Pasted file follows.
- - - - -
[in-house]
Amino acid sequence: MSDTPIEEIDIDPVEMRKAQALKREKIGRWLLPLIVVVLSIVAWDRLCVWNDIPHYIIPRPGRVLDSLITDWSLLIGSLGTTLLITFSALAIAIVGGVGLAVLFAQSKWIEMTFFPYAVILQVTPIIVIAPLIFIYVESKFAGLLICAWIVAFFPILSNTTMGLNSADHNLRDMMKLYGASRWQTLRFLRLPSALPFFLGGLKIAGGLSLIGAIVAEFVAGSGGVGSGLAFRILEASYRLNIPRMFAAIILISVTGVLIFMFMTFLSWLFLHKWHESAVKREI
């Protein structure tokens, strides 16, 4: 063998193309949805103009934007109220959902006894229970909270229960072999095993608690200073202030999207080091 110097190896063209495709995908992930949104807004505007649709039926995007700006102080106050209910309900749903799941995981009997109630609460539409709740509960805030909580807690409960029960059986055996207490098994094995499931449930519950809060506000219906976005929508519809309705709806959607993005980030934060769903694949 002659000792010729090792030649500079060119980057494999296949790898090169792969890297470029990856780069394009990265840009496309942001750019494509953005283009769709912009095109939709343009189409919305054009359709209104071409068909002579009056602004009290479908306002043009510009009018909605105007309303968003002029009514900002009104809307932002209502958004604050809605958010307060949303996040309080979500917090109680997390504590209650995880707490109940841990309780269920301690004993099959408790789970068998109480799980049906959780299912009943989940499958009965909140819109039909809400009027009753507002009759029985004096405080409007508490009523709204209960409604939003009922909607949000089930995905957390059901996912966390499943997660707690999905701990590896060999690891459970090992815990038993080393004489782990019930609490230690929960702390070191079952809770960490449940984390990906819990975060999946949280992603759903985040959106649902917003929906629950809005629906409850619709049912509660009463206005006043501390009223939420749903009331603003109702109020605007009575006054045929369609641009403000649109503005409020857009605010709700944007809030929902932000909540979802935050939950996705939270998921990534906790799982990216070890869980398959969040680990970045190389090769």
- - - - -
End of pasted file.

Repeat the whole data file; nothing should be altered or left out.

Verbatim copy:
[in-house]
Amino acid sequence: MSDTPIEEIDIDPVEMRKAQALKREKIGRWLLPLIVVVLSIVAWDRLCVWNDIPHYIIPRPGRVLDSLITDWSLLIGSLGTTLLITFSALAIAIVGGVGLAVLFAQSKWIEMTFFPYAVILQVTPIIVIAPLIFIYVESKFAGLLICAWIVAFFPILSNTTMGLNSADHNLRDMMKLYGASRWQTLRFLRLPSALPFFLGGLKIAGGLSLIGAIVAEFVAGSGGVGSGLAFRILEASYRLNIPRMFAAIILISVTGVLIFMFMTFLSWLFLHKWHESAVKREI
């Protein structure tokens, strides 16, 4: 063998193309949805103009934007109220959902006894229970909270229960072999095993608690200073202030999207080091 110097190896063209495709995908992930949104807004505007649709039926995007700006102080106050209910309900749903799941995981009997109630609460539409709740509960805030909580807690409960029960059986055996207490098994094995499931449930519950809060506000219906976005929508519809309705709806959607993005980030934060769903694949 002659000792010729090792030649500079060119980057494999296949790898090169792969890297470029990856780069394009990265840009496309942001750019494509953005283009769709912009095109939709343009189409919305054009359709209104071409068909002579009056602004009290479908306002043009510009009018909605105007309303968003002029009514900002009104809307932002209502958004604050809605958010307060949303996040309080979500917090109680997390504590209650995880707490109940841990309780269920301690004993099959408790789970068998109480799980049906959780299912009943989940499958009965909140819109039909809400009027009753507002009759029985004096405080409007508490009523709204209960409604939003009922909607949000089930995905957390059901996912966390499943997660707690999905701990590896060999690891459970090992815990038993080393004489782990019930609490230690929960702390070191079952809770960490449940984390990906819990975060999946949280992603759903985040959106649902917003929906629950809005629906409850619709049912509660009463206005006043501390009223939420749903009331603003109702109020605007009575006054045929369609641009403000649109503005409020857009605010709700944007809030929902932000909540979802935050939950996705939270998921990534906790799982990216070890869980398959969040680990970045190389090769």